Baby Loss

Part of the debate – in the House of Commons at 1:48 pm on 13th October 2016.

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Photo of Fiona Bruce Fiona Bruce Chair, International Development Sub-Committee on the Work of the Independent Commission for Aid Impact, Chair, International Development Sub-Committee on the Work of the Independent Commission for Aid Impact 1:48 pm, 13th October 2016

My heart goes out to my hon. Friend. The compounding of grief in that way is so unnecessary.

Families who have lost babies have spoken about the importance of acknowledging their child’s life. Unfortunately, this is an area where the law adds to distress. Under current UK law, a baby is effectively only considered a person at 24 weeks. This often means that that acknowledgement is not there as it could be. I have even heard of parents lying about the gestation period in order to try to obtain a birth certificate. Alongside other hon. Members, I appeal to Ministers to look again at this. As modern technologies improve, unborn babies are increasingly viable earlier than 24 weeks. The law should move not only with technology, but compassion. I ask Ministers to look at that, too.

There is one last point I would like to mention. It is very sensitive, but I feel I need to mention it. It is the taboo I mentioned earlier, but as one colleague said, if there is one thing we can do in this House it is break taboos. Parents can also suffer a deep sense of loss and bereavement when their longed-for child is not lost during pregnancy due to a miscarriage or stillborn, but due to a disability being diagnosed while their child is in the womb, leading them to have to make the often heart-rending decision to have a termination, sometimes late in pregnancy. There is little, if any, bereavement support or adequate counselling for such parents either before they make that decision or sometime after, yet they too have lost a much-loved child.

In 2013, the all-party pro-life group conducted a detailed, year-long inquiry into abortion on the grounds of disability. I have a copy here with me today. We were repeatedly told by witnesses about the lack of proper counselling and bereavement care for such parents should they want it, which many do. We were also told of some examples of very good practice. One parent told us that they had had a funeral service, which helped enormously. Another told of how they were able to bathe their child before the child was appropriately cared for following the termination. Other witnesses were amazed that this kind of care was available, because they had received none at all. One of our report’s key recommendations was that appropriate bereavement support and counselling should be available for all parents who want it in such situations, even if it is some time later.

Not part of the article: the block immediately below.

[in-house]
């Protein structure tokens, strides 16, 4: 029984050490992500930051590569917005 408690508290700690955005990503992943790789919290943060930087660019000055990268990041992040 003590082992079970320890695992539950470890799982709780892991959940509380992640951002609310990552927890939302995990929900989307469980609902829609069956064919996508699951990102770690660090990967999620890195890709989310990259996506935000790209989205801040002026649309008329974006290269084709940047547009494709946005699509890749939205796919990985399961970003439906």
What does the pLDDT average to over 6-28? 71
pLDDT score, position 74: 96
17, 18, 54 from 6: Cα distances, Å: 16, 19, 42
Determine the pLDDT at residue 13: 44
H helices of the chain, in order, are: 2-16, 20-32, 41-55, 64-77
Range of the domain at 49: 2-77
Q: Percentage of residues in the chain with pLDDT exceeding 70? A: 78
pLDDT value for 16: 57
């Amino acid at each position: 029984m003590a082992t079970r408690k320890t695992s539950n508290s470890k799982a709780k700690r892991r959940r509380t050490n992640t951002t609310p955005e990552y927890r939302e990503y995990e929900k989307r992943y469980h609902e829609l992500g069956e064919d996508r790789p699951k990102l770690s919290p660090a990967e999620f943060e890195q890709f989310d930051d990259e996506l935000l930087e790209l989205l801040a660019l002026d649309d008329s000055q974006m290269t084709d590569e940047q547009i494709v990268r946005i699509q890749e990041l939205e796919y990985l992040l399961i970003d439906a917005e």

I regret to say—I am following slightly in the footsteps of my right hon. Friend Sir Nicholas Soames who spoke earlier about an uphill struggle—that I have had an uphill struggle in trying to gain the attention of the Department of Health on this issue. I thank hon. Members who have raised their losses in this debate. I hope now that the Department will consider it. Our report was issued in 2013. After the deeply moving Adjournment debate led by my hon. Friends the Members for Eddisbury and for Colchester, I spoke with the then Minister responding to that debate. We agreed that I would send the report to the Department of Health after the debate, which I did. Unfortunately, I received no reply. I sent a reminder some time later. Again, I received no reply. I hope that as a result of today’s debate, the Department of Health will take seriously the additional point that parents in this situation need the same kind of care and support as the others who have been spoken about in this debate today.